In 2018, I went with a group from Corban University to serve in refugee Camp Moria in Lesvos, Greece. For six days I served with the team and experienced many different cultures and people that have formed much of my perspective on the world and on my purpose. The story below is just an inkling of my experiences in the camp, but I hope it can shed light on the refugee experience. The stories in my People of Moria series were written so that the people I met, people who saw family members cut down in front of their eyes, their homes and belongings torched, would not be forgotten.
The roads were cool and quiet as we arrived at the EuroRelief office to start the day. A clump of Syrians leaned on the front gate waiting for us. We stepped in the office and the director, Megan, gave us our assignments. If Moria were a prison, she would be the warden.
“We need two for the New Arrivals Rub Hall.” My teammate Carly and I raised our hands.
“You two go with one of the Mennonites and she’ll show you around.” One of them still waiting in the office took a couple radios and waved us over.
“Hey guys! I’m Anna. Follow me.” She walked quick, almost in a trot and we struggled to keep up. We walked down the main road until we came to a large cage bolted to a shipping container.
“Have you guys handed out diapers or strollers yet?” Carly nodded and Anna continued.
“Ok so you know what this is then. Just shake the handle until someone comes out to unlock it.” She rattled it like the triangle on a ranch before a diminutive lady wearing a white prayer covering stepped out and unlocked the gate.
“Thanks.” We climbed into the shipping container and walked to a small door.
“This’ll be where you get into the New Arrivals Rub Hall.” The Rub Hall was canvas over aluminum poles held by a concrete floor and filled brim to brim by rusty bunk beds and displaced Muslims.
“So before you come down, Megan will tell you what kind of people we’ll be bringing up to the office and getting housed. We’re getting families today.” As we walked in, a short man shoved me his papers and babbled in Farsi.
“My friend, my friend, you help?”
“I’m sorry I don’t know. Talk to her.” I shrugged and pointed to Anna.
“No you wait. We get other people now.” She handed him back his papers. He threw up his hands and walked away. Anna noticed a family of albino Syrians and asked for their papers.
“So you take a look at how many people are in their family, which is 6, and then you look at their ethnicity which is Syrian. We need that so we can house them in a safe place. After that you need to make sure they have everyone with them.” She looked to the father.
“All here?” He shook his head and called over to the far corner. His son and his wife came over. He motioned over to Anna and they handed her their papers. She breathed out.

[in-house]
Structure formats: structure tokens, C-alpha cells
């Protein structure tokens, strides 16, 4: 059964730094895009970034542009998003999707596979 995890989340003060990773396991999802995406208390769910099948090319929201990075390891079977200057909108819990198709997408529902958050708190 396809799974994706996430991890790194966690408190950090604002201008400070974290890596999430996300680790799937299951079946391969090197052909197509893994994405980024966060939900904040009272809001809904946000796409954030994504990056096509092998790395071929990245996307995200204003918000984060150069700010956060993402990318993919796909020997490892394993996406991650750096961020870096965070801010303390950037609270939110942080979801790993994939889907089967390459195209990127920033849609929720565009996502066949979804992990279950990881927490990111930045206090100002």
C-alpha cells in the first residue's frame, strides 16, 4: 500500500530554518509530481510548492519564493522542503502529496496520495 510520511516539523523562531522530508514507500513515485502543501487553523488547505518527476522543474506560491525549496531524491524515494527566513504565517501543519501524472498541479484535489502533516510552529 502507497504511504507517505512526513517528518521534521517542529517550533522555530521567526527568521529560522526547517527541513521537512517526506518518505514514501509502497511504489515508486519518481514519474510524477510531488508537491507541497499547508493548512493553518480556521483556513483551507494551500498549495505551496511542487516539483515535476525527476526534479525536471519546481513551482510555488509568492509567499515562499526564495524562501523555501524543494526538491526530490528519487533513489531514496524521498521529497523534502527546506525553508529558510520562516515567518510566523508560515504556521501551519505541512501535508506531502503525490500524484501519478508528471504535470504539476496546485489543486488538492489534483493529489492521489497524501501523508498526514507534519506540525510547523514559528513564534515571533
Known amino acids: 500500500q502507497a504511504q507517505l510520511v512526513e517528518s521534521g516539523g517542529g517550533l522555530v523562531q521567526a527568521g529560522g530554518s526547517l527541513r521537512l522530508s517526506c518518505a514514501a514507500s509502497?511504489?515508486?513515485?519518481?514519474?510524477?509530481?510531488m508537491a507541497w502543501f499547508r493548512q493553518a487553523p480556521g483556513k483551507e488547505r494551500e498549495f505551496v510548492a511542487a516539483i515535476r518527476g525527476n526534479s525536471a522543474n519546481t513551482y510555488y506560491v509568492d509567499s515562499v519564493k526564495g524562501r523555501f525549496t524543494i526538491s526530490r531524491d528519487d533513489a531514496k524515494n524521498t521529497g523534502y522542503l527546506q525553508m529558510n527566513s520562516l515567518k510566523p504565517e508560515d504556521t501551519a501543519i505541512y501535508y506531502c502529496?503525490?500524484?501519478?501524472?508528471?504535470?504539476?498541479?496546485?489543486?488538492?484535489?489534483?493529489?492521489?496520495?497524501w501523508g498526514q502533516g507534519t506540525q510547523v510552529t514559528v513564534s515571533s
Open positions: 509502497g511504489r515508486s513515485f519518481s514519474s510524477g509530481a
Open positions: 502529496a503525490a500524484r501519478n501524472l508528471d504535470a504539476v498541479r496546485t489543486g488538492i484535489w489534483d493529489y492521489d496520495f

“Ok so what we have here is that the father wants to be with his son and his wife. We can make that work.” She smiled and nodded to the family.
“Gather up. Follow.” She waved both her hands like she was directing a symphony and they gathered up their things.
“Make sure they get everything and help them out if they need it. Bring them to the large gate once you get them all together and we’ll walk them up to the office.” She handed their papers to me and directed Carly to follow her. I rolled up their blue foam bed mats while they grabbed their extraneous bags. None spoke save head nods or shakes. The father tugged my arm and pointed to his son who looked about five years old. He bent his head and pointed to a bald and reddened streak on the back of his skull. He made a whistling sound and flew his hand over his head.
“I’m sorry.” I grabbed their bags and walked to the large gate. We stood by for a few minutes before the Mennonite and Carly brought two other families to the gate. The translator watching it unlocked a smaller door in the left corner and we brought out the families.
We shouldered their bags and beds then trekked the hill to the EuroRelief office. I turned back to see if they were following, and two young men had joined the family to carry their bags. We seated them in the shade of the EuroRelief office and gave their papers to Megan and the other Mennonites so they could be housed. I smiled at the family as I walked back out.
“Hey Jon, are you busy?” It was Bri.
“No. What do you need?”
“We need to convince some people in Olive Grove to move out.”
“Ok I’ll come.” We stepped out of the shade and walked up the road beyond EuroRelief.
Olive Grove sat on a former olive tree farm next to the camp. Much of the trees had either been burnt down from riots or were cut for firewood.
“We need to look for tent LC 1145. There are five people that moved in without telling us.” Bri started walking down the hill and I followed.
Rows and columns of muddy tents slithered down the hill as we wound around their graffitied sides. At the bottom we found LC 1145 covered by a flap. Inside there was a sleeping Syrian man who spoke nor understood English.
“Well I guess it’s back up for an interpreter.”
“Ya.” We turned and headed back to EuroRelief. Tarp and pallet-walled barbershops lined the backside of Moria and the buzz of their razors echoed. On the side of the road new blue tarps covered cheap camping tents made for two people occupied by families of six.
The albinos from the morning were sitting in theirs and staring without a word at the ground around them. The small boy with the scar watched the other boys run by and the father looked at me.
I smiled. He stared.